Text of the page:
At Time 1 of FIG. 30, data from the tilt sensor 24 indicates that the board 4 is rotated such that the left side 57 of the board is lower than the right side 58 of the board 4. If the tilt angle is large, the computer system can determine that the COM 61 is located too far to the left of the board.

The magnitude and/or the likelihood of the watercraft 2 taking action to move the watercraft 2 under the COM 61 can be influenced by settings selected by the person. The person can use an “app” running on a remote computing device 48, buttons on the remote computing device 48, and/or buttons on the watercraft 2 to select various modes (e.g., beginner mode, intermediate mode, advanced mode). These mode selections can alter the magnitude and/or the likelihood of the watercraft 2 taking action to move the watercraft 2 under the COM 61.

FIG. 30 illustrates the watercraft 2 not taking action to move the watercraft 2 under the COM 61. At Time 1, the COM 61 is located a first distance from the central axis 8. Between Time 1 and Time 2, the watercraft 2 continues approximately straight. The continued movement of the COM 61 leftward (and forward) causes the COM 61 to continue to move farther from the watercraft 2. At Time 2, the person is flying through the air and is no longer in contact with the watercraft 2.

Although moving the COM 61 to the left can cause the watercraft 2 to turn leftward (due to the hydrodynamics of the board 4), this passive leftward movement is often insufficient to move the watercraft 2 back under the COM 61 (especially with beginner and intermediate riders). FIG. 31 illustrates the watercraft 33 actively responding to the computer system 33 detecting the COM 61 being located too far to the left at Time 1. The motors 14 a, 14 b, 14 c, 15, and/or fins 23 can move to direct water flow (e.g., under the board 4) that causes the watercraft 2 to turn more quickly than would be the case with a passive system and more quickly than the COM 61 is turning. As a result, by Time 2 the watercraft 2 has moved such that the COM 61 is located approximately over a center between the first upward-facing surface 53 and the second upward-facing surface 54. Thus, the computer system 33 has prevented the person from falling off the watercraft 2.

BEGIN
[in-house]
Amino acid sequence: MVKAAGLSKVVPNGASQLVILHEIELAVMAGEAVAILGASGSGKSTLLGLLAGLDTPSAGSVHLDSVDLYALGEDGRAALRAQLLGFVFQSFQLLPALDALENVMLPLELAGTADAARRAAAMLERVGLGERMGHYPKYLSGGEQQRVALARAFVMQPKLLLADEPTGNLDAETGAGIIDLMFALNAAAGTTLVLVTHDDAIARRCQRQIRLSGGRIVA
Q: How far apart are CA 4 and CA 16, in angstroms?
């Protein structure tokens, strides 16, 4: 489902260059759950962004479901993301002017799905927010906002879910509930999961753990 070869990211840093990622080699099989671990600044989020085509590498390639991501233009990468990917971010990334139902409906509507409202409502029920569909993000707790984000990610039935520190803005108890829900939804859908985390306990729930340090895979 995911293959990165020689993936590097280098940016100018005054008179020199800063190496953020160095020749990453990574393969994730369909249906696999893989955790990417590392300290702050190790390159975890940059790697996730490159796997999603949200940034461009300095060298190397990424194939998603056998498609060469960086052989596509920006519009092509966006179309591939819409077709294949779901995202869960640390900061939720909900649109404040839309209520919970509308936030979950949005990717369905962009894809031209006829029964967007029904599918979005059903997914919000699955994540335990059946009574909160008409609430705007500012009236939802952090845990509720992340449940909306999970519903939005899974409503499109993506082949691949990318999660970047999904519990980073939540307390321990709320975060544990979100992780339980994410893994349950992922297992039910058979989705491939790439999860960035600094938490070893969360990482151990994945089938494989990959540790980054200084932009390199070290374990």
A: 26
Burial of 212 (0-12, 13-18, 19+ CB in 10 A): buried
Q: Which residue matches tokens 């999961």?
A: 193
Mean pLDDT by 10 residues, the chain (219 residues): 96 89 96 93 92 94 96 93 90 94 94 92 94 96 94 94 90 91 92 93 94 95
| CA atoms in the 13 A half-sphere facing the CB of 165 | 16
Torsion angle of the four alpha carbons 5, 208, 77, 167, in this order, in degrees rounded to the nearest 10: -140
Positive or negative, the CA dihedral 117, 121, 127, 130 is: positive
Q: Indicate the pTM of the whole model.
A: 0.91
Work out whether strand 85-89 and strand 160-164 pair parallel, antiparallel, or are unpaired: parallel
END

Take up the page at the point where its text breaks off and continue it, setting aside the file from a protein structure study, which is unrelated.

FIG. 17 illustrates motors 14 a, 14 b, 14 c, 15 and fins 23 having been moved to direct water flow to turn the watercraft 2 leftward (from the perspective of the topside of the board 4). The nozzle 19 has been placed in a position to eject water flow to turn the watercraft 2.

FIG. 19 illustrates motors 14 a, 14 b, 14 c, 15 and fins 23 having been moved to direct water flow to turn the watercraft 2 rightward (from the perspective of the topside of the board 4). The nozzle 19 has been placed in a position to eject water flow to turn the watercraft 2.